Ukraine's president has urged Nato to deploy naval ships to the Sea of Azov amid a stand-off with Russia.
"We hope that states within Nato are now ready to relocate naval ships to the Sea of Azov in order to assist Ukraine and provide security," Petro Poroshenko said in an interview with German newspaper Bild.
Mr Poroshenko's request comes after the Russian coastguard on Sunday fired on and seized three Ukrainian vessels trying to pass through the Kerch Strait, which separates Russia's mainland and the Crimean peninsula it annexed from Ukraine in 2014.
Ukraine insisted its vessels in the Black Sea were operating in line with international maritime rules, while Russia said they had failed to get permission to pass.
While Nato condemned the Russian action, the allies will be unlikely to heed Mr Poroshenko's request, which could trigger a confrontation with Moscow.
A Nato spokesperson said on Thursday it already has a strong presence in the Black Sea and that alliance ships routinely patrol and exercise in the region.
Noting its vessels have spent 120 days there this year compared to 80 in 2017, Oana Lungescu said: "There is already a lot of Nato in the Black Sea, and we will continue to assess our presence in the region."
Kremlin spokesman Dmitry Peskov said Mr Poroshenko's request is "clearly aimed at provoking further tensions" and driven by the Ukrainian leader's "electoral and domestic policy motives".
A 2003 treaty between Russia and Ukraine stipulates that agreement from each of the two countries is required for warships from any other country to enter the internal sea.
Mr Poroshenko has responded to the incident by ordering martial law in much of the country, a move that went into effect with parliamentary approval.
Mr Putin accused his Ukrainian counterpart of provoking the naval incident in a bid to use martial law to shore up his sagging popularity and sideline competitors ahead of a March election.
On Wednesday, Ukraine's top diplomat, Andrij Melnyk, told Germany and other western states to "put Putin in his place" by extending sanctions against Moscow, banning energy imports and putting a planned gas pipeline between Russia and Europe on hold.
“Germany must take a clear line ... and put Putin in his place,” Mr Melnyk told German radio on Wednesday. “Everything is at stake.”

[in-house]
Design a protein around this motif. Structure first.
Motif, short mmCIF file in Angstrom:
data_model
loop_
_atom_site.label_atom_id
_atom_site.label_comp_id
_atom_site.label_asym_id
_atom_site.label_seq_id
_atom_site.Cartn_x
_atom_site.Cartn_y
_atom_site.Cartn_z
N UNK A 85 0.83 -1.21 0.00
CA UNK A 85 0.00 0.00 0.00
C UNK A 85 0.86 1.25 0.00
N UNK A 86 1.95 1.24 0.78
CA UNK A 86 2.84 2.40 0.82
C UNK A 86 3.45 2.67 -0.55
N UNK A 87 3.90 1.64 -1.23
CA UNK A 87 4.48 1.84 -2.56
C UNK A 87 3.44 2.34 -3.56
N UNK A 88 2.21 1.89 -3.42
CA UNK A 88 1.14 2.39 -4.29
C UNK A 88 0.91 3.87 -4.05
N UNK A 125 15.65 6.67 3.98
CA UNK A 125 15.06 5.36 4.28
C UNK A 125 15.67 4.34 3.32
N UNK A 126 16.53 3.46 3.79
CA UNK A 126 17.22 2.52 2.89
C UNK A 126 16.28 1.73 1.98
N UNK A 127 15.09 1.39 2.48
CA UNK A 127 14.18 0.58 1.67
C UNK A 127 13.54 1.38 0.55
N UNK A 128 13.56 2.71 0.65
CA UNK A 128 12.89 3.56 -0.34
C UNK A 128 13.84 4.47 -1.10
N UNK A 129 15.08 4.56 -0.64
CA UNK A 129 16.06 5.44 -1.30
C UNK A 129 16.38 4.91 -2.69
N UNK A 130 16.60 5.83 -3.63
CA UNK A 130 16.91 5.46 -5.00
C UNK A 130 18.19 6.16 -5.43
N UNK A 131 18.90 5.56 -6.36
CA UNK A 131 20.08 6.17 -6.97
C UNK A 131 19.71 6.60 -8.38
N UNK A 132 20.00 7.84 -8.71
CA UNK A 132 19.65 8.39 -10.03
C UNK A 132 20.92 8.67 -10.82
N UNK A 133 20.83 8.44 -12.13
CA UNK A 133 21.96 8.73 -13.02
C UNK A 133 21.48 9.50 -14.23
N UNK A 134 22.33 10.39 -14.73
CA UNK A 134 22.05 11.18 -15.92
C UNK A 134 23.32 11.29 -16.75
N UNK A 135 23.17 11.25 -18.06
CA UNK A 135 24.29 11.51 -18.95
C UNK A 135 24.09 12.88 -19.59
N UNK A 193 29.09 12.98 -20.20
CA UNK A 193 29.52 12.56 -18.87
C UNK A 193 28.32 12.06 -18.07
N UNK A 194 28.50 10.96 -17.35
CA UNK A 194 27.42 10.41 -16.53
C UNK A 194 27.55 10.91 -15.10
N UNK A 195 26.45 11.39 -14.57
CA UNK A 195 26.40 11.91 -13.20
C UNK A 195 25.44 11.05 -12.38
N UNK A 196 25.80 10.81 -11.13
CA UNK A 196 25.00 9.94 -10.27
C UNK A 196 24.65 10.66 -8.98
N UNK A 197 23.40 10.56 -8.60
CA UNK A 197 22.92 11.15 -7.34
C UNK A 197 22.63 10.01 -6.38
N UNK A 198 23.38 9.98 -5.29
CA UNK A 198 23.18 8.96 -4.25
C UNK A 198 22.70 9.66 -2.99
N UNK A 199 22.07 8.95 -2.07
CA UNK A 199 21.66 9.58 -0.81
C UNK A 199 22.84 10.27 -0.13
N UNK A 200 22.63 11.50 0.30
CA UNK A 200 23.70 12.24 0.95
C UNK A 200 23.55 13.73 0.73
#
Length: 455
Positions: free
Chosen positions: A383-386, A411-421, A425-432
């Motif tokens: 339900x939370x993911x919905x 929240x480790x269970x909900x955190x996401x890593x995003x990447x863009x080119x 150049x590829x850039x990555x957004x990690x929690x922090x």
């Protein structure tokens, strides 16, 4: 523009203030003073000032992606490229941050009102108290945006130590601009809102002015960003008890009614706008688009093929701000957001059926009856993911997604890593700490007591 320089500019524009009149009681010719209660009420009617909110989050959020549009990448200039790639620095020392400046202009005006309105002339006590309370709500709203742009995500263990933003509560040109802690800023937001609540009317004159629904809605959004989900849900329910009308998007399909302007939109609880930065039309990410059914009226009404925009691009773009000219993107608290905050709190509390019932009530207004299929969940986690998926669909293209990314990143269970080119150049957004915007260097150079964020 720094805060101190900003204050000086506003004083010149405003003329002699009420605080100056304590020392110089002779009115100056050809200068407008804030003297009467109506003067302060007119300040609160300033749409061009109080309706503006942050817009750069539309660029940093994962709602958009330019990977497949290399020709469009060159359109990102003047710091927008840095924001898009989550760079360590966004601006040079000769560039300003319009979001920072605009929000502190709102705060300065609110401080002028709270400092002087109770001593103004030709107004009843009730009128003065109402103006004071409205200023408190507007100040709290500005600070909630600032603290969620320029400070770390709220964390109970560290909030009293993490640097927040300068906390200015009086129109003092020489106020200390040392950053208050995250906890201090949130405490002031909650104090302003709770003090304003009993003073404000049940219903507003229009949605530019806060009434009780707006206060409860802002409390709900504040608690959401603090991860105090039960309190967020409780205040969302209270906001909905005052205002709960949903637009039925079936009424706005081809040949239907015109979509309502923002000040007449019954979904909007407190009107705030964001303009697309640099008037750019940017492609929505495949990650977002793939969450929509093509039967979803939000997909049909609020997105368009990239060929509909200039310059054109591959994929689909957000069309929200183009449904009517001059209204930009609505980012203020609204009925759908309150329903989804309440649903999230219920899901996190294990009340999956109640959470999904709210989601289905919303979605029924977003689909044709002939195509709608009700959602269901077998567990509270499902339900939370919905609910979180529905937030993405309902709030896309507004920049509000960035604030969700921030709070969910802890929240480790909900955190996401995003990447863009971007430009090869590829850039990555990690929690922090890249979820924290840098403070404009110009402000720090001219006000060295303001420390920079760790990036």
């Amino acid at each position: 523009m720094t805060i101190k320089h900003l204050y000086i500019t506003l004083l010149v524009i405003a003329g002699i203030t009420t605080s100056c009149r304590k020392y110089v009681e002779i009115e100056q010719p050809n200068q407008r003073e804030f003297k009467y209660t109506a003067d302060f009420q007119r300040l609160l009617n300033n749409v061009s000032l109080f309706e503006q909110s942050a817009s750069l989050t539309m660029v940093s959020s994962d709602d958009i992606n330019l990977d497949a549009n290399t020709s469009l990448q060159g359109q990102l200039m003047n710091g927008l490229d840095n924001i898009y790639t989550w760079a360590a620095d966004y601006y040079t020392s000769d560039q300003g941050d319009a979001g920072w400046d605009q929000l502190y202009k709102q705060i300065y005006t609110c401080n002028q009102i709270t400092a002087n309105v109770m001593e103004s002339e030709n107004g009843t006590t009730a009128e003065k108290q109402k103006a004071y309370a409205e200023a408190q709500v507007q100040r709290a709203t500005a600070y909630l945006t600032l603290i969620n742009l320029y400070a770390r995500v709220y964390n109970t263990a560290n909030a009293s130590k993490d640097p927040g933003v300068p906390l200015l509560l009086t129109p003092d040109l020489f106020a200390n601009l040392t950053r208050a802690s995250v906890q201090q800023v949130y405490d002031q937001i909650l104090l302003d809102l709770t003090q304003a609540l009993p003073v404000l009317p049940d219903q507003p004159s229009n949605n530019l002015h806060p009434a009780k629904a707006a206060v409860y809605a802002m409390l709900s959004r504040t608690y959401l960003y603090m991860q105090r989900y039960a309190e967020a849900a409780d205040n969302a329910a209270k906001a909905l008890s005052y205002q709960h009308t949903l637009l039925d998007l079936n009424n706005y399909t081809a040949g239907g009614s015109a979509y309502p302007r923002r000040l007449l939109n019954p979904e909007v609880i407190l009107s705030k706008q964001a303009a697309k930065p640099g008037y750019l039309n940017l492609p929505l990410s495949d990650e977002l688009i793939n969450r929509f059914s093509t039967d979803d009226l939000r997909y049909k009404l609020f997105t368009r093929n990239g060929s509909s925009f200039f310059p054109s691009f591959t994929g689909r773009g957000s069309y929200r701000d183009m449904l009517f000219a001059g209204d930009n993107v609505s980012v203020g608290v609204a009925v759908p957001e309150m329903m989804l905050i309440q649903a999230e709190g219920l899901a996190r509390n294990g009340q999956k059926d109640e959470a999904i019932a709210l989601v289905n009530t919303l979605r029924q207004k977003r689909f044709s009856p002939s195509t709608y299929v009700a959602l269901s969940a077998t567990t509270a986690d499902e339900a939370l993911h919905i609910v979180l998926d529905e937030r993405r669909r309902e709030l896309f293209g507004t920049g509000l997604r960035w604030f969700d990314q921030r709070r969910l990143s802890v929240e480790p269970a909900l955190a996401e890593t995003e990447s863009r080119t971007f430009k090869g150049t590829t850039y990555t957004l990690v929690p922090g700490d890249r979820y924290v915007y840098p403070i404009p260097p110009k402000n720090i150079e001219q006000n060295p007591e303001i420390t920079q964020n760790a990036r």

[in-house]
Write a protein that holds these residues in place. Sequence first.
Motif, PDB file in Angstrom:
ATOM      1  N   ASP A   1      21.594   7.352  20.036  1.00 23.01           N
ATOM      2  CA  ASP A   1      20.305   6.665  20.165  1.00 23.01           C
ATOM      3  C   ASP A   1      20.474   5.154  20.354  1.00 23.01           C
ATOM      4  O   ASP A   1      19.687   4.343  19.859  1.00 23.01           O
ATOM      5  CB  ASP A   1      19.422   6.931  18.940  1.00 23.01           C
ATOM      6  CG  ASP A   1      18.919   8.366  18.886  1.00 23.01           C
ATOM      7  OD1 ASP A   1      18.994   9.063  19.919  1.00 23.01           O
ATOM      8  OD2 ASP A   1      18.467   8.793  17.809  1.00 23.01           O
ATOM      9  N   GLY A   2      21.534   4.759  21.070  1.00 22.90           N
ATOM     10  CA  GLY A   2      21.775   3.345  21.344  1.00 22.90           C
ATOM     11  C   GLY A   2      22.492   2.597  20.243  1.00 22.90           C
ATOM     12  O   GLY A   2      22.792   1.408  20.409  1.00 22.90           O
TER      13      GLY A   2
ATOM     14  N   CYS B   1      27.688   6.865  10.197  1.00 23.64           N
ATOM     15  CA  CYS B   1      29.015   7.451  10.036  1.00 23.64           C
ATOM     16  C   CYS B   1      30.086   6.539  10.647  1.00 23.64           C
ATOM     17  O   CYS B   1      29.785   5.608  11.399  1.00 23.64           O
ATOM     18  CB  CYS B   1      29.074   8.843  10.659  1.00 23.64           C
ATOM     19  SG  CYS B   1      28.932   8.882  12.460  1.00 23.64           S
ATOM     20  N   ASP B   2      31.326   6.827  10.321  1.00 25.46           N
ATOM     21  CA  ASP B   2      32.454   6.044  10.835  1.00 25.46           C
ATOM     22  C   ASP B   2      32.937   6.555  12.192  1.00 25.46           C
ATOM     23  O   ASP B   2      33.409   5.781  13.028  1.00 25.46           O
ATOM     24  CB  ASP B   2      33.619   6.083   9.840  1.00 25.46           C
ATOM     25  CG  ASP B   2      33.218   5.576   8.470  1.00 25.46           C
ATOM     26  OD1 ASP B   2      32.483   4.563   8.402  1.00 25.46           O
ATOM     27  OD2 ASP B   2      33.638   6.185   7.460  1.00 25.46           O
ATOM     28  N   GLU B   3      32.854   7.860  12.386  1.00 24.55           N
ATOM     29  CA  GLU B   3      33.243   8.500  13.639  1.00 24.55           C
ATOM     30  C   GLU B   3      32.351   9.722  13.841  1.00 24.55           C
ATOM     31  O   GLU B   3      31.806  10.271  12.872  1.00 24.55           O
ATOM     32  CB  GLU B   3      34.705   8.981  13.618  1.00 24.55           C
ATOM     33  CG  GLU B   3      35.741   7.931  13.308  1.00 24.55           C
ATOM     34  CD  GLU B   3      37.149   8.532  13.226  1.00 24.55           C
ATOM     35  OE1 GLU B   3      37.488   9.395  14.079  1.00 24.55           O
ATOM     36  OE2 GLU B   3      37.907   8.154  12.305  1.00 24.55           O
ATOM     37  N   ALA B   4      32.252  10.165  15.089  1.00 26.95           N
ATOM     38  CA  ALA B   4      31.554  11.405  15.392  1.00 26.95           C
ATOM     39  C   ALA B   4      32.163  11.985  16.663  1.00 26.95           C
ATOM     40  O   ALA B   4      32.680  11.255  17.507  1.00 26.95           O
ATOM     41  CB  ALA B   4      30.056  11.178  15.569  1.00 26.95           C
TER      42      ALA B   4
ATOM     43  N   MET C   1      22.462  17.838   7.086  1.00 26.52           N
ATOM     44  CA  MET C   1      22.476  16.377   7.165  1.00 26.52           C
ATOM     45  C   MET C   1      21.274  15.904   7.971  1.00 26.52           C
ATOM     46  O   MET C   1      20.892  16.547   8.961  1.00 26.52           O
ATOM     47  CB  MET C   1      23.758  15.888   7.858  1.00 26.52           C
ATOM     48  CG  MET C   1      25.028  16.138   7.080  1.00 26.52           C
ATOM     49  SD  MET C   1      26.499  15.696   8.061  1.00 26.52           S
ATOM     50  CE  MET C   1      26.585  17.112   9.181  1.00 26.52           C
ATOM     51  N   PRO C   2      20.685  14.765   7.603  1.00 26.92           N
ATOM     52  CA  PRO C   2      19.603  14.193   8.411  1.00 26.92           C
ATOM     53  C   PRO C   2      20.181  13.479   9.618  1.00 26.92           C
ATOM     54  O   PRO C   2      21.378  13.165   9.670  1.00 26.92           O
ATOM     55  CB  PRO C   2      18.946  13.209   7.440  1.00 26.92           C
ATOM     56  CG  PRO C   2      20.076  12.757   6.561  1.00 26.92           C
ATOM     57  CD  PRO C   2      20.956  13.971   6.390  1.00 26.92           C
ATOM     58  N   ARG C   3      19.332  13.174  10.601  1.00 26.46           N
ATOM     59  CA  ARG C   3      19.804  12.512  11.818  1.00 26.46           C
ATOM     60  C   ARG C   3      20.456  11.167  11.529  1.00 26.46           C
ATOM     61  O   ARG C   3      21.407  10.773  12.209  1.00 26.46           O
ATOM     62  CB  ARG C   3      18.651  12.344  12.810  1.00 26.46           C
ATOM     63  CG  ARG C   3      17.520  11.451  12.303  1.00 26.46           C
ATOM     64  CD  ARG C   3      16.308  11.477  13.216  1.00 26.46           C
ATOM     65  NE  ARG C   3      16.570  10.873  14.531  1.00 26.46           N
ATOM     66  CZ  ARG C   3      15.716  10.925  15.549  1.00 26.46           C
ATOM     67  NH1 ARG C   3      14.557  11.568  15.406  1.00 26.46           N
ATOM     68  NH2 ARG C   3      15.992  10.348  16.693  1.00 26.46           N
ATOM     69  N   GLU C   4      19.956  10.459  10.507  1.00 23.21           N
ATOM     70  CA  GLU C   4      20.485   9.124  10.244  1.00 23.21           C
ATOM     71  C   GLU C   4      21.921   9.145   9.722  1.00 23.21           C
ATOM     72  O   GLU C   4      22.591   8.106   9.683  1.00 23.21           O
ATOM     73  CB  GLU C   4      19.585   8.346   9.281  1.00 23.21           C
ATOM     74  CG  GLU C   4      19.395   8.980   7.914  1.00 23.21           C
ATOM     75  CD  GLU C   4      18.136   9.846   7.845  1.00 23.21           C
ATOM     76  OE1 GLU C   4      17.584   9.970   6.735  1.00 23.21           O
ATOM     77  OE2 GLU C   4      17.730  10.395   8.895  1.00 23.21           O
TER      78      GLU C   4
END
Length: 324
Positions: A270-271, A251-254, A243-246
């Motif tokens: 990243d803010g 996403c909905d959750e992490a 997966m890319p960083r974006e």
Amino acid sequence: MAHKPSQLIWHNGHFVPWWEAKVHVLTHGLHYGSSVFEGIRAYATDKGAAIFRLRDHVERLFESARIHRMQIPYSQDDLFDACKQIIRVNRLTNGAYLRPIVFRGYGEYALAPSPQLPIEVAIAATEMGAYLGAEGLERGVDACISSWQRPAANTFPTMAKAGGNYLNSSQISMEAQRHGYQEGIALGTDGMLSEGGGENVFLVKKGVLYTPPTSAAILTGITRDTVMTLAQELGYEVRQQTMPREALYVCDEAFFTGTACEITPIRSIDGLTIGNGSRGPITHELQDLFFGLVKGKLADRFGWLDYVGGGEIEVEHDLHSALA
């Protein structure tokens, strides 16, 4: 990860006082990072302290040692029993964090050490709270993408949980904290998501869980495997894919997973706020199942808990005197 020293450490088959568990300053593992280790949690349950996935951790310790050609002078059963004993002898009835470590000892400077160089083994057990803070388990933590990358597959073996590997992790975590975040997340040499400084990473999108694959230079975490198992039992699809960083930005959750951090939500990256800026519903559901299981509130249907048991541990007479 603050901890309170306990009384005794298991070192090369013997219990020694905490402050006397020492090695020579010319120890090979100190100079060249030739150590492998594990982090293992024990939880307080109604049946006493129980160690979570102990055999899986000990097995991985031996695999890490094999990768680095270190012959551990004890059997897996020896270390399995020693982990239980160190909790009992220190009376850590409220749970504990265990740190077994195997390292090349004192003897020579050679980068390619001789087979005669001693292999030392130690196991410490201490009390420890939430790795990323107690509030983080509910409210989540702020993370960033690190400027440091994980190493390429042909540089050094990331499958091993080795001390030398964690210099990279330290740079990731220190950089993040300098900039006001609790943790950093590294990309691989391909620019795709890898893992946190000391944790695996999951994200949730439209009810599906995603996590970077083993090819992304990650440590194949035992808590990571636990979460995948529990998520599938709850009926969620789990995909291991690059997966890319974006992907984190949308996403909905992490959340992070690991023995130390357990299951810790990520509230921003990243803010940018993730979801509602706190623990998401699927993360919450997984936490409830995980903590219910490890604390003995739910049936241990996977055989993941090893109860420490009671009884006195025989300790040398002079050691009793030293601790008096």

The ambassador even raised the possibility of sending German marines to the region.
“In military terms, what can you do? Sending German marines to the coast of Crimea ... could help stop an escalation. If you are there, Russians have fewer possibilities to act so brutally,” he said.
German chancellor Angela Merkel said she planned to raise the issue with Mr Putin at this weekend's G20 summit in Argentina.
"We can only resolve this in talks with one another because there is no military solution to all of these conflicts," she told a Ukrainian business summit in Berlin on Thursday.
Meanwhile, Recep Tayyip Erdogan said he has discussed the possibility of a Turkish mediation to resolve tensions between Moscow and Kiev.
The Turkish president made the comments hours after he held separate phone conversations with Mr Putin and Mr Poroshenko.
"Can we assume a mediator role? We discussed this subject with both sides," he said.
Ukraine has insisted its vessels were operating in line with international maritime rules, while Russia said they had failed to get permission to pass.
Kiev has released what it said was the exact location where its ships were fired on by Russia, saying they were in international waters west of the Kerch Strait.
Russia, meanwhile, insisted the Ukrainian vessels were in its territorial waters and refused to communicate with the Russian coast guard or accept a Russian pilot to guide them through the narrow strait.
"What were the border guards supposed to do?" Mr Putin said on Wednesday. "They fulfilled their duty to protect the territorial integrity of the Russian Federation. If they had done something differently, they should have been put on trial for that."
The showdown comes amid the long-simmering conflict between the two countries, in which Russia annexed Ukraine's Crimean peninsula in 2014 and supported separatists in Ukraine's east with clandestine dispatches of troops and weapons.
The fighting there has killed at least 10,000 people since 2014 but eased somewhat after a 2015 truce.
Additional reporting by agencies
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